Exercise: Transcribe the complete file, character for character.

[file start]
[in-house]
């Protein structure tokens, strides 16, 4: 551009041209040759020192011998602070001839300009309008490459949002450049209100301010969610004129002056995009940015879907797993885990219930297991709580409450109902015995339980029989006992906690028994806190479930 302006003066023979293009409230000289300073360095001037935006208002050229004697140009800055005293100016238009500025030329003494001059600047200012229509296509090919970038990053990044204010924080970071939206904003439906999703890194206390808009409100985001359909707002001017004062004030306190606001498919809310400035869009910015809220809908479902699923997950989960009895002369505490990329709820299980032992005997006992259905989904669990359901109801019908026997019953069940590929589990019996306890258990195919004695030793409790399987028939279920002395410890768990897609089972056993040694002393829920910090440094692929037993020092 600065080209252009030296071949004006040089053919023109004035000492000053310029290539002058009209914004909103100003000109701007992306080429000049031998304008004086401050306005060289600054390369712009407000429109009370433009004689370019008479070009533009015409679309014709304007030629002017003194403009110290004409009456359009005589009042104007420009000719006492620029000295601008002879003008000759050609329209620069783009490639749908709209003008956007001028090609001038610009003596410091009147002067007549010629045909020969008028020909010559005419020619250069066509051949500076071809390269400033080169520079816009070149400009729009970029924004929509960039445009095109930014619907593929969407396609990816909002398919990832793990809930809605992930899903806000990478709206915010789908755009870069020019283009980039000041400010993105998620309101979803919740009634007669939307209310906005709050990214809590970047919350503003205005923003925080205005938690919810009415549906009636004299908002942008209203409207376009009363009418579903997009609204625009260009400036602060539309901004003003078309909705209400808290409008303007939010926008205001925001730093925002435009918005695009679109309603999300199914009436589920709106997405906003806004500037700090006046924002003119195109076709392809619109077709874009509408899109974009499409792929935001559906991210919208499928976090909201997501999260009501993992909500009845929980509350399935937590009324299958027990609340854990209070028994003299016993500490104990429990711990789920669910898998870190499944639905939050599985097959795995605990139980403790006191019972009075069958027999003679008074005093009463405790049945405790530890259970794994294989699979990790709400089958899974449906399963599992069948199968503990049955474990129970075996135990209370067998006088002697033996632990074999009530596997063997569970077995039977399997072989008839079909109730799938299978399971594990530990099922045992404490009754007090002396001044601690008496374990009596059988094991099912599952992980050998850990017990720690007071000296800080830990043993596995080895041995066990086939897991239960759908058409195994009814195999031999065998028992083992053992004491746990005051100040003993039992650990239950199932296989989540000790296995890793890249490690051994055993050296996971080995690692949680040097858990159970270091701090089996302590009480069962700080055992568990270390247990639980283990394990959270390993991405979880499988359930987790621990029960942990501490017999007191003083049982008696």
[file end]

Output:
[in-house]
């Protein structure tokens, strides 16, 4: 551009041209040759020192011998602070001839300009309008490459949002450049209100301010969610004129002056995009940015879907797993885990219930297991709580409450109902015995339980029989006992906690028994806190479930 302006003066023979293009409230000289300073360095001037935006208002050229004697140009800055005293100016238009500025030329003494001059600047200012229509296509090919970038990053990044204010924080970071939206904003439906999703890194206390808009409100985001359909707002001017004062004030306190606001498919809310400035869009910015809220809908479902699923997950989960009895002369505490990329709820299980032992005997006992259905989904669990359901109801019908026997019953069940590929589990019996306890258990195919004695030793409790399987028939279920002395410890768990897609089972056993040694002393829920910090440094692929037993020092 600065080209252009030296071949004006040089053919023109004035000492000053310029290539002058009209914004909103100003000109701007992306080429000049031998304008004086401050306005060289600054390369712009407000429109009370433009004689370019008479070009533009015409679309014709304007030629002017003194403009110290004409009456359009005589009042104007420009000719006492620029000295601008002879003008000759050609329209620069783009490639749908709209003008956007001028090609001038610009003596410091009147002067007549010629045909020969008028020909010559005419020619250069066509051949500076071809390269400033080169520079816009070149400009729009970029924004929509960039445009095109930014619907593929969407396609990816909002398919990832793990809930809605992930899903806000990478709206915010789908755009870069020019283009980039000041400010993105998620309101979803919740009634007669939307209310906005709050990214809590970047919350503003205005923003925080205005938690919810009415549906009636004299908002942008209203409207376009009363009418579903997009609204625009260009400036602060539309901004003003078309909705209400808290409008303007939010926008205001925001730093925002435009918005695009679109309603999300199914009436589920709106997405906003806004500037700090006046924002003119195109076709392809619109077709874009509408899109974009499409792929935001559906991210919208499928976090909201997501999260009501993992909500009845929980509350399935937590009324299958027990609340854990209070028994003299016993500490104990429990711990789920669910898998870190499944639905939050599985097959795995605990139980403790006191019972009075069958027999003679008074005093009463405790049945405790530890259970794994294989699979990790709400089958899974449906399963599992069948199968503990049955474990129970075996135990209370067998006088002697033996632990074999009530596997063997569970077995039977399997072989008839079909109730799938299978399971594990530990099922045992404490009754007090002396001044601690008496374990009596059988094991099912599952992980050998850990017990720690007071000296800080830990043993596995080895041995066990086939897991239960759908058409195994009814195999031999065998028992083992053992004491746990005051100040003993039992650990239950199932296989989540000790296995890793890249490690051994055993050296996971080995690692949680040097858990159970270091701090089996302590009480069962700080055992568990270390247990639980283990394990959270390993991405979880499988359930987790621990029960942990501490017999007191003083049982008696």